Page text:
A step toward faster, more accurate breast cancer detection
Over the course of her lifetime, a woman has a one in eight chance of developing breast cancer. The earlier the cancer is detected, the more likely bad luck can turn to good.
Now new technology being developed by UC Berkeley engineers could dramatically improve the speed and accuracy of early breast cancer detection through the use of microfluidics.
Mechanical engineering professor Lydia Sohn and her research group have devised a totally new cell inspection and surveillance technology that is highly sensitive, quick and, above all, fully quantitative. The new technology, called mechano-node-pore sensing, or mechano-NPS, has the potential to eliminate the diagnostic wiggle room that comes with visual cancer diagnosis.
The assay detects cancer using microfluidics, an inexpensive mechanical engineering process that utilizes small volumes of liquids flowing under pressure through extremely small tubes, or micropores.
Mechano-NPS works by measuring the softness or stiffness of isolated breast cells. In 2016, Sohn and graduate student Junghyun Kim discovered that cancerous breast cells travel through the constricted channels of a micropore a little more quickly than non-malignant cells because they are more pliable, or elastic. They have since shown that the speed with which cells make it to the finish line can be a very reliable indicator of whether they are cancerous or not.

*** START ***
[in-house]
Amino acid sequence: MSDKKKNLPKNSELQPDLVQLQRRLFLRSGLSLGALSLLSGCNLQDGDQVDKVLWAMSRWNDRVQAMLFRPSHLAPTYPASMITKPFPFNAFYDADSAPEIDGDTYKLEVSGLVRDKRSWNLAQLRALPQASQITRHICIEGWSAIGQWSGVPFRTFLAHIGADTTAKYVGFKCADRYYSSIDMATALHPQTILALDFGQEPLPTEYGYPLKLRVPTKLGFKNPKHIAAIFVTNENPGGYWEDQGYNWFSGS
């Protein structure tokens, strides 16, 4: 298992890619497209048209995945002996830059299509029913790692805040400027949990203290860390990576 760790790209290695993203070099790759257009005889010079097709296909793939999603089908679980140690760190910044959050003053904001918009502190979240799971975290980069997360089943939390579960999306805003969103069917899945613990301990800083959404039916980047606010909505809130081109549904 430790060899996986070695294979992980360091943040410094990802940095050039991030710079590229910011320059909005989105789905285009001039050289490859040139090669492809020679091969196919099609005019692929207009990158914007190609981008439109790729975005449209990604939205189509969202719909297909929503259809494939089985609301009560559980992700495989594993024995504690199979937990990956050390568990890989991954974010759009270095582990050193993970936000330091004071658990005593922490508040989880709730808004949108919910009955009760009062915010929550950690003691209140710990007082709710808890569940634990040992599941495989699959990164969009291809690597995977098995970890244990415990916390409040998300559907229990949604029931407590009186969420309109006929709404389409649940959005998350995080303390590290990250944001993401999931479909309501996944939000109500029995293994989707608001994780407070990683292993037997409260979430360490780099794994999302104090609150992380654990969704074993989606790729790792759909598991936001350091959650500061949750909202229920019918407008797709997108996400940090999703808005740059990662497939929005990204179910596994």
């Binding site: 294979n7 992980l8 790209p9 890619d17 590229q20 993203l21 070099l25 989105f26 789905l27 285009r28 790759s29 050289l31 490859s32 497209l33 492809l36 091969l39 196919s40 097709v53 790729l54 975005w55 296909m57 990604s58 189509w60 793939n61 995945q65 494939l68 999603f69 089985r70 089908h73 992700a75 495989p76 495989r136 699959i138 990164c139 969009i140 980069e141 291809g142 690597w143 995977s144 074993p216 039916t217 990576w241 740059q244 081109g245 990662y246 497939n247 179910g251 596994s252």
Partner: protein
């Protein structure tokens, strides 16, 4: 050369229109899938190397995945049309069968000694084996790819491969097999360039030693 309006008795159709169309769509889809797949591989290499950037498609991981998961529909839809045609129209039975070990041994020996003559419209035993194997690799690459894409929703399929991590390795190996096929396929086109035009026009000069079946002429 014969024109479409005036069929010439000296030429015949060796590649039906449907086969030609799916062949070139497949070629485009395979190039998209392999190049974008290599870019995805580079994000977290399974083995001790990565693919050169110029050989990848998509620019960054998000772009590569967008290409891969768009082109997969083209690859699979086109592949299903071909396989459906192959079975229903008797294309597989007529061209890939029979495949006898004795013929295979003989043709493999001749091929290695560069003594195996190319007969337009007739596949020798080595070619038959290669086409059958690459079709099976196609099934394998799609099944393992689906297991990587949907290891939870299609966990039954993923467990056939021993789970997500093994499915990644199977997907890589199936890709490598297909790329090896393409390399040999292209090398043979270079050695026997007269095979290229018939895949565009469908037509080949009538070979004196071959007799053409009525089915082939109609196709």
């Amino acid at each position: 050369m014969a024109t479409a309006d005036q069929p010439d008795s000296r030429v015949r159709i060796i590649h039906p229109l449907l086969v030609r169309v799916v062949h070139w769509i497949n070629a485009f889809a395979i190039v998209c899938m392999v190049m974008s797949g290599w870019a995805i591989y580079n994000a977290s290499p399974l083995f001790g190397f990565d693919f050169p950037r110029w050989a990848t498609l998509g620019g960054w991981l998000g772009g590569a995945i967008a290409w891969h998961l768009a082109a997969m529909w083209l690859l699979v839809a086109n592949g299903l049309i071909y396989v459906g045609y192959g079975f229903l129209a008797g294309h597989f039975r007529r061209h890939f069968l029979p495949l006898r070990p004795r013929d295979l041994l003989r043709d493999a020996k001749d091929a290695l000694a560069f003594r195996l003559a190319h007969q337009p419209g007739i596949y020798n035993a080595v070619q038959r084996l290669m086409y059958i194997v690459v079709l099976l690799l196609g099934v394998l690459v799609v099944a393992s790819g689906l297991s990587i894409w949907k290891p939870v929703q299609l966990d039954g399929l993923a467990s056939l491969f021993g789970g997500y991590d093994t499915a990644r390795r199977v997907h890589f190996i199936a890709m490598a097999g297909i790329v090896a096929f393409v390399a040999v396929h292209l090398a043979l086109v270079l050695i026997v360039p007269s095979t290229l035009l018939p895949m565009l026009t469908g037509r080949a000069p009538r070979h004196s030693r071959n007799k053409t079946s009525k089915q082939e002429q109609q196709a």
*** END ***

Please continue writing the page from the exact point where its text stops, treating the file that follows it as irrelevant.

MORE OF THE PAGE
"This was something totally new and exciting," Sohn says. "At first I couldn't believe that we found such a fundamental trait that distinguishes the cancer cells from normal cells."
Sohn is working with experts at City of Hope hospital and research center in Los Angeles to refine the mechano-node-pore sensing capability for early breast cancer diagnosis or monitoring.
She and her collaborators recently described these findings in a paper published in the journal Microsystems and Nanoengineering.
"This is a very real thing to me," says Sohn. "My mother had lung cancer. We are lucky—it was caught early. I hope I can help women so if they do get breast cancer at least it can be detected in its very earliest stage."